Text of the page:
The temperature in the pumped-circulation reactor was between 42° C. (after the heat exchanger) and 45° C. (before the heat exchanger). The temperature in the coiled-tube reactor in process step (c) was 46° C., that in the coiled-tube reactor in process step (d) was 45° C. and that in the separation vessel was 40° C.

The dispersing direction was set so that the organic phase was dispersed in the aqueous phase.

A phosgene excess of 9.7% by weight was employed. After the phase separation, the following values were determined:

BPA in water 1 ppm
Water content in the organic phase after settling 1.07% by weight

The low water content in the organic phase and the low residual monomer content BPA in the waste water showed outstanding quality of the phase separation. In addition, the dispersion showed good and stable separation behaviour.

Example 2 According to the Invention

The apparatus employed was as under Example 1, except that the dispersing direction was inverted, i.e. the aqueous phase was dispersed in the organic phase.

The following streams were used in process step (a):

    • 754.9 kg/h of BPA solution (14.76% by weight of BPA, based on the total weight of the solution, 2.11 mol of sodium hydroxide solution/mol of BPA)
    • 54.3 kg/h of phosgene
    • 612.2 kg/h of solvent mixture comprising 50% by weight of methylene chloride and 50% by weight of chlorobenzene

The following streams were additionally used in process step (b):

    • 9.9 kg/h of NaOH solution with 25% by weight of NaOH

The following streams were additionally used in process step (c):

    • 25.2 kg/h of NaOH solution with 25% by weight of NaOH,
    • 35.3 kg/h of tert-butylphenol solution (11.4% by weight, in solvent mixture comprising 50% by weight of methylene chloride and 50% by weight of chlorobenzene)

The following streams were additionally used in process step (d):

    • 28.02 kg/h of catalyst (3% strength by weight solution of ethylpiperidine in solvent mixture comprising 50% by weight of methylene chloride and 50% by weight of chlorobenzene.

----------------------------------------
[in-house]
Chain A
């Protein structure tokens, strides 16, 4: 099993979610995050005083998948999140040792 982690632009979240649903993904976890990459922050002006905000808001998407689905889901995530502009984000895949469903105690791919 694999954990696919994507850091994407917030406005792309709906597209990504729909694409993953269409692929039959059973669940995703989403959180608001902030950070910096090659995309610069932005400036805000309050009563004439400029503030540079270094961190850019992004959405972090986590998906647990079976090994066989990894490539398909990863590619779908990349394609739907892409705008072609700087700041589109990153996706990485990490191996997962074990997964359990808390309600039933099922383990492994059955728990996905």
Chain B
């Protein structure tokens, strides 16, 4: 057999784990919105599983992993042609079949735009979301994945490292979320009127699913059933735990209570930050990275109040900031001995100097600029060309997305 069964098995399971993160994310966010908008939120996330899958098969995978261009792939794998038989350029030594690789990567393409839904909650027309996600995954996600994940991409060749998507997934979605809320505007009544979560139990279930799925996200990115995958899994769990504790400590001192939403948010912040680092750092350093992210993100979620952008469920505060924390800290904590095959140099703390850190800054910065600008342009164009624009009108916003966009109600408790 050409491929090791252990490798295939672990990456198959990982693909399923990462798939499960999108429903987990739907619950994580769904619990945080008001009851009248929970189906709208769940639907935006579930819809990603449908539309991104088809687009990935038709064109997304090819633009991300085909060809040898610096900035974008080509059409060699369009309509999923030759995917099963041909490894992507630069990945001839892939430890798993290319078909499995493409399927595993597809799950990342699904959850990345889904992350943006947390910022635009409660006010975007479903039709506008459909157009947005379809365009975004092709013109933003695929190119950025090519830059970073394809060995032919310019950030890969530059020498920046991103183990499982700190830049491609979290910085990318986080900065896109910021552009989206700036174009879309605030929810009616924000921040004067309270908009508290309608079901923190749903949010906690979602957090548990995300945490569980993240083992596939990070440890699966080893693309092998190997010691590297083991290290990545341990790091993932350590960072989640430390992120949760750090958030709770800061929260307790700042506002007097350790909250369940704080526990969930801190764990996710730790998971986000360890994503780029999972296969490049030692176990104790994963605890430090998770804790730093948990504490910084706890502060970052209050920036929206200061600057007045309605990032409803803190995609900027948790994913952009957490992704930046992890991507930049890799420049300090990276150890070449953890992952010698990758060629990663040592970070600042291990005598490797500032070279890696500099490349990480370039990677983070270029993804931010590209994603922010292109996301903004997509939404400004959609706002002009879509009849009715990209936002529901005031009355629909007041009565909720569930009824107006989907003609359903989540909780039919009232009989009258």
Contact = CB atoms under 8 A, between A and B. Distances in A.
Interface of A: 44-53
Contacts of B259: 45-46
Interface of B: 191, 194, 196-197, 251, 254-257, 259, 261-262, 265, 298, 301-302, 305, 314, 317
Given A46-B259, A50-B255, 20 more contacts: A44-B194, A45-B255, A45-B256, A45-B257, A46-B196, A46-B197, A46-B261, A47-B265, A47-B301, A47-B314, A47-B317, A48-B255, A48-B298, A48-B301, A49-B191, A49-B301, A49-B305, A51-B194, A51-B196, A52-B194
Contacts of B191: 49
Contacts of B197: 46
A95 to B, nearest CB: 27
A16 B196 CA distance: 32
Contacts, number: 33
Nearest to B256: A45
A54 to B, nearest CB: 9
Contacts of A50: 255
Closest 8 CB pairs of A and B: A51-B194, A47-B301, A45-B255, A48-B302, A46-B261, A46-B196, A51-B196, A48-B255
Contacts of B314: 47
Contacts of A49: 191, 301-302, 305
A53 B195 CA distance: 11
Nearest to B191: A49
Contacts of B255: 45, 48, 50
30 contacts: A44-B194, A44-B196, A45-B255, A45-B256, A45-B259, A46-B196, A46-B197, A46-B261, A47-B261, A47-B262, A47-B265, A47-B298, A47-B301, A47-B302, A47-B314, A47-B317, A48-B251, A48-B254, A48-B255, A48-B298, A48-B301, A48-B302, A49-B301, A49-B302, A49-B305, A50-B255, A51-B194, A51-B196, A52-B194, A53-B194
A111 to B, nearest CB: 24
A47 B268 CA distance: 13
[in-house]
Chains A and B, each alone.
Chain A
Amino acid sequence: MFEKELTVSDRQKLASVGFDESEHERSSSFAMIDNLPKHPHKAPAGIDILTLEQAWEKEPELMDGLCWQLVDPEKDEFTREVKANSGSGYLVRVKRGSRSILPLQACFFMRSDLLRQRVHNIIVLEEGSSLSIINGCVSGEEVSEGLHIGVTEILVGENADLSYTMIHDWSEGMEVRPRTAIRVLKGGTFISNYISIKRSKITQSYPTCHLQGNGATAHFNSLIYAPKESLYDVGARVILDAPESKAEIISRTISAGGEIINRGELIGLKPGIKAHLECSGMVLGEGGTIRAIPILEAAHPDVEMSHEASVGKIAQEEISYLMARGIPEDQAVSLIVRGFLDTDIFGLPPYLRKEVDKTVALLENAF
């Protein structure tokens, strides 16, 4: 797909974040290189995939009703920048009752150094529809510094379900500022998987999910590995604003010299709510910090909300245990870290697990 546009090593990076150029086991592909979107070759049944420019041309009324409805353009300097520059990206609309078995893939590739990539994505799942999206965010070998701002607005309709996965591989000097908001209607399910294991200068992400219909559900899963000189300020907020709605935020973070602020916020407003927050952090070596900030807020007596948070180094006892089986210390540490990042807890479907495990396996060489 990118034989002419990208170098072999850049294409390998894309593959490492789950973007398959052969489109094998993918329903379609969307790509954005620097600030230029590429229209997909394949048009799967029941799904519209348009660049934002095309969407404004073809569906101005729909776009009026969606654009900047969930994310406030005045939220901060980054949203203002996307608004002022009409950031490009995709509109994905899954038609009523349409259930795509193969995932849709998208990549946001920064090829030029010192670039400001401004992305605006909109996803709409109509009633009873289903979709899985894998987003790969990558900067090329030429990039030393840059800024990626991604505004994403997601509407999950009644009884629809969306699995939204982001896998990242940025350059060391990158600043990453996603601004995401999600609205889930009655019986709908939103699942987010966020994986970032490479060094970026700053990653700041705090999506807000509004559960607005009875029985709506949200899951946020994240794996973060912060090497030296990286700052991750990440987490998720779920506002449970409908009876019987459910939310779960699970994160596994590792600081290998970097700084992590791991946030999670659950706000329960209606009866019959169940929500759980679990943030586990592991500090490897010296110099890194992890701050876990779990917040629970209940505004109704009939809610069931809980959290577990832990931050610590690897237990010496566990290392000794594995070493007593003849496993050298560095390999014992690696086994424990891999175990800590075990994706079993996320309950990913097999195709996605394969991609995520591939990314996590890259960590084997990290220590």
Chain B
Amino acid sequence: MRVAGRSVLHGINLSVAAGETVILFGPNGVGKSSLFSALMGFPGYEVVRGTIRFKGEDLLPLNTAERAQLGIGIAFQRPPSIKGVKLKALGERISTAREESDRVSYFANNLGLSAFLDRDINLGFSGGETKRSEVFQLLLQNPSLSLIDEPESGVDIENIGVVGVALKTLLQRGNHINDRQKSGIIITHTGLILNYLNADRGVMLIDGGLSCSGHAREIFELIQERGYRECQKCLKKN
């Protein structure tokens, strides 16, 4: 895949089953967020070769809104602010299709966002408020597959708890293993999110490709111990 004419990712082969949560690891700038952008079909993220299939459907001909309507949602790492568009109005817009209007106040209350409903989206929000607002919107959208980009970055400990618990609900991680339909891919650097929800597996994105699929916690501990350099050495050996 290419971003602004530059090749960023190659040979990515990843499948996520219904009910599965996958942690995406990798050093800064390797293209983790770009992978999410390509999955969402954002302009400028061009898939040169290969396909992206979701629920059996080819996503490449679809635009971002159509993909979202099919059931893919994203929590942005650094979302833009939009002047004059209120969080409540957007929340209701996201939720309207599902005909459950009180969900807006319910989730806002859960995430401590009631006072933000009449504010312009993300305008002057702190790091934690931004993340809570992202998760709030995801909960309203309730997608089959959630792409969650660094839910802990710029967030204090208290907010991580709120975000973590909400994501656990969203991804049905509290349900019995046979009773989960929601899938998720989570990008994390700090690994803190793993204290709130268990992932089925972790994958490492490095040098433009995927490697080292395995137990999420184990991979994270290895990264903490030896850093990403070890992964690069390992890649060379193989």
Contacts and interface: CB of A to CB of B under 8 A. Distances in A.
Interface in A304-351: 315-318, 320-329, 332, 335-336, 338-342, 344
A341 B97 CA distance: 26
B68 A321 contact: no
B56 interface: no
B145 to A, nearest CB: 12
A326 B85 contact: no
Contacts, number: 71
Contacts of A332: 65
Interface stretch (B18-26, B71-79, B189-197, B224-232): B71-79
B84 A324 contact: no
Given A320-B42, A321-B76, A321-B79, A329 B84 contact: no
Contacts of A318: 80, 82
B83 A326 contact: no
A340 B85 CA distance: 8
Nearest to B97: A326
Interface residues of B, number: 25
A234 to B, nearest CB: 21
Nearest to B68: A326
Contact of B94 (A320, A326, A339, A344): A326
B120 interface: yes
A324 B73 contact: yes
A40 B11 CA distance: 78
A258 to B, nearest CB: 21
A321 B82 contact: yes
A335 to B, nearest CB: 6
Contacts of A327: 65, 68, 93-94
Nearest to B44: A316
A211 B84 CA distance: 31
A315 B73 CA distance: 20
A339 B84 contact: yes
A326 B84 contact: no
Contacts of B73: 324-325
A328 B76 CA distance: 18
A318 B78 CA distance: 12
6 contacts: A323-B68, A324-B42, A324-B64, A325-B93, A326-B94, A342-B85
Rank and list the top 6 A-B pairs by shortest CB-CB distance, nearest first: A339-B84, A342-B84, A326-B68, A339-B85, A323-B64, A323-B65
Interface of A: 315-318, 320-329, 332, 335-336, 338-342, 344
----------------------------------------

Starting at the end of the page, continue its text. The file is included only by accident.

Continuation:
The temperature in the pump-circulation reactor was between 42° C. (after the heat exchanger) and 45° C. (before the heat exchanger). The temperature in the coiled-tube reactor in process step (c) was 46° C., that in the coiled-tube reactor in process step (d) was 45° C. and that in the separation vessel was 40° C.

A phosgene excess of 13.0% by weight was employed. After the phase separation, the following values were determined:

BPA in the waste water 13 ppm
Water content in the organic phase after settling 2.5% by weight

In spite of the higher residual monomer content of BPA in the waste water, high-quality phase separation was observed, with a water content in the organic phase which was still very low. In addition, the dispersion showed good and stable separation behaviour.

Comparative Example 3

Instead of the disperser, a baffle in which the two streams (aqueous and organic phase) are introduced into the pumped-circulation reactor at opposite points was used in process step (a) for mixing the organic phase with the aqueous phase.

The following streams were used in process step (a):

    • 744.2 kg/h of BPA solution (14.88% by weight of BPA, based on the total weight of the solution, 2.13 mol of sodium hydroxide solution/mol of BPA)
    • 53.7 kg/h of phosgene
    • 641.1 kg/h of solvent mixture comprising 50% by weight of methylene chloride and 50% by weight of chlorobenzene

The following streams were additionally used in process step (b):

    • 9.8 kg/h of NaOH solution with 25% by weight of NaOH

The following streams were additionally used in process step (c):

    • 25.27 kg/h of NaOH solution with 25% by weight of NaOH
    • 33.7 kg/h of tert-butylphenol solution (11.4% by weight, in solvent mixture comprising 50% by weight of methylene chloride and 50% by weight of chlorobenzene)

The following streams were additionally used in process step (d):

    • 30.4 kg/h of catalyst (3% strength by weight solution of ethylpiperidine in solvent mixture comprising 50% by weight of methylene chloride and 50% by weight of chlorobenzene.